Slowland’s ricetti

Ricetti: small jewels of the past, faithful custodians of the Slowland area.

Ricetti are small, partially fortified structures typical of the medieval period, which in some cases have survived the passing centuries well. It was a protected area within which the precious assets of the agricultural community (livestock, field products, and work tools) were kept, as well as the community itself. They were composed of buildings called cellule (usually arranged on two floors, following and adjacent to one another) and narrow passages called ritane that served as aeration channels and rainwater runoffs. Between the buildings, there is a dense network of intersecting small streets, known commonly as rue.

The Slowland territory preserves some very suggestive ones registered by the Ricetti Documentation Centre of Piedmont which, with the support of the Piedmont Region, is responsible for collecting documentation and studying the ricetti of Italy and Europe (headquartered in Candelo, BI).

Albiano d’Ivrea rises at the foot of low hills that extend parallel to the left moraine chain of the Serra di Ivrea up to Lake Viverone. In the old part of the village, there are the shelters built in the fourteenth century to defend the ancient village, at that time under the control of the bishops-counts of Ivrea. The small dwellings started with a concession from the bishops, who assigned a small plot of land to each family that requested it, provided, however, that they strengthened the perimeter, maintained the ditches and took turns in guard duty. They are situated along the road that goes from the central square of Albiano to the old bishop’s castle and. In addition to acting as external fortifications, the shelters, and in particular the rooms situated on the ground floor (“cellaria”), served as a local warehouse for foodstuffs and as a shelter for people in the event of enemy aggression.

Alice Castello: the castle in Alice has undergone several renovations over the centuries, so it no longer retains some of its very ancient features. The current structure is a large construction the upper floor of which is accessed via stone stairs, where vast rooms with large windows allow you to enjoy a beautiful view of the Alps.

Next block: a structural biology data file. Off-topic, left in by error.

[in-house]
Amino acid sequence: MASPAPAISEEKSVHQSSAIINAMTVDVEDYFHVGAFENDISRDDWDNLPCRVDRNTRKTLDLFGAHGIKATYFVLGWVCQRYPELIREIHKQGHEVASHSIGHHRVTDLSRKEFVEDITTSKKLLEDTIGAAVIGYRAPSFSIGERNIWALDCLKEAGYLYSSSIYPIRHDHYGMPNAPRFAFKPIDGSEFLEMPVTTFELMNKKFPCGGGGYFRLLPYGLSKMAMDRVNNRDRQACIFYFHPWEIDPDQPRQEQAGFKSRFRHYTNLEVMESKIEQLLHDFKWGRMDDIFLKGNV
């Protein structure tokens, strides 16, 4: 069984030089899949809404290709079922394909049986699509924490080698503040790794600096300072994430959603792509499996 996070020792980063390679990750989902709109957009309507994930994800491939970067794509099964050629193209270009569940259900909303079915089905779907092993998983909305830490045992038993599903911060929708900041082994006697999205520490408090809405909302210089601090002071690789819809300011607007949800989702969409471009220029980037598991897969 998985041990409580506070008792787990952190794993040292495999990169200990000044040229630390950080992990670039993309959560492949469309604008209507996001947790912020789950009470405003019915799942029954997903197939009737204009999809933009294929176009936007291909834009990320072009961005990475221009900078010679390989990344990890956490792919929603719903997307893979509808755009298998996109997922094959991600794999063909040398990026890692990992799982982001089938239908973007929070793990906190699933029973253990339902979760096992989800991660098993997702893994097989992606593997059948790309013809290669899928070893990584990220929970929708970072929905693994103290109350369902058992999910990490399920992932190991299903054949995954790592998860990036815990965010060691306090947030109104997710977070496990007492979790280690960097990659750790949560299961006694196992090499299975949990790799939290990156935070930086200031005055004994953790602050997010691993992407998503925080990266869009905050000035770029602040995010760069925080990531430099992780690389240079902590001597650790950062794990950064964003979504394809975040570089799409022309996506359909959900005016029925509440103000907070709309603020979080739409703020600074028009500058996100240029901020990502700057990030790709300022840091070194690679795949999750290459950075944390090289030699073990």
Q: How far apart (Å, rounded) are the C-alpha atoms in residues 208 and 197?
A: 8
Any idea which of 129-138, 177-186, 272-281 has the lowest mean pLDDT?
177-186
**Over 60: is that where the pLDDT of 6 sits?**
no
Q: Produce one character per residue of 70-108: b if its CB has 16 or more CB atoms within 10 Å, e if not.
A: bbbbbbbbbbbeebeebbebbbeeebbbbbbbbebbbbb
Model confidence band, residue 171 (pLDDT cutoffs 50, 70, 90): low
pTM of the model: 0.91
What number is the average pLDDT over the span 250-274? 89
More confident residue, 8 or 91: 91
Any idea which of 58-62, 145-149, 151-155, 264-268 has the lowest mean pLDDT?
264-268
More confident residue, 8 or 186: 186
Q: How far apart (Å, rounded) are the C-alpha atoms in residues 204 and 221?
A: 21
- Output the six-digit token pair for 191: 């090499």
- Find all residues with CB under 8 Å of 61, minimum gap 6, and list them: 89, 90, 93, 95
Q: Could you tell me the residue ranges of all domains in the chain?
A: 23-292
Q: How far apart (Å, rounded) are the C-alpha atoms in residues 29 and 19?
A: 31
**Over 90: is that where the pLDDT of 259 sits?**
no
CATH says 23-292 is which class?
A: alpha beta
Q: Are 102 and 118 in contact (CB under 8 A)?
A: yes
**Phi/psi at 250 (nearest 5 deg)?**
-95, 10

Dorzano is the centre of a small hill community situated on the extreme slopes of the morainic hills surrounding Lake Viverone. The antiquity of its territory is testified by its baroque churches, the remains of the medieval shelter and the prehistoric findings in the nearby Lake Bertignano.

The Ricetto of Magnano, situated on a hill from where you can enjoy a beautiful view, dominates the town and dates back to 1204 when it was built following the erection of Magnano, a borgo franco (a village exempt from tax duty). The complex, which in the Biellese area is second only to Candelo, still allows for a perfect reading of its original structure and, in part, also of the architectural characteristics, despite the numerous interventions it has undergone.

The Ricetto of Roppolo dates back to the first decades of the fifteenth century and is typical of a shelter enclosed within a noble castle, with which it shares the external defensive structures (the walls of the inner side) and the tower-door. However, as a physical structure, it is independent of the castle and was situated south-west of it.

The area of Lake Viverone, at the foot of Ivrea’s Serra Morenica, was inhabited since prehistoric times and became important in the Middle Ages due to its location along the Via Francigena. The hill is home to the shelter, built by the population after 1405, in the area behind the ancient castle, which today is far from the current town.

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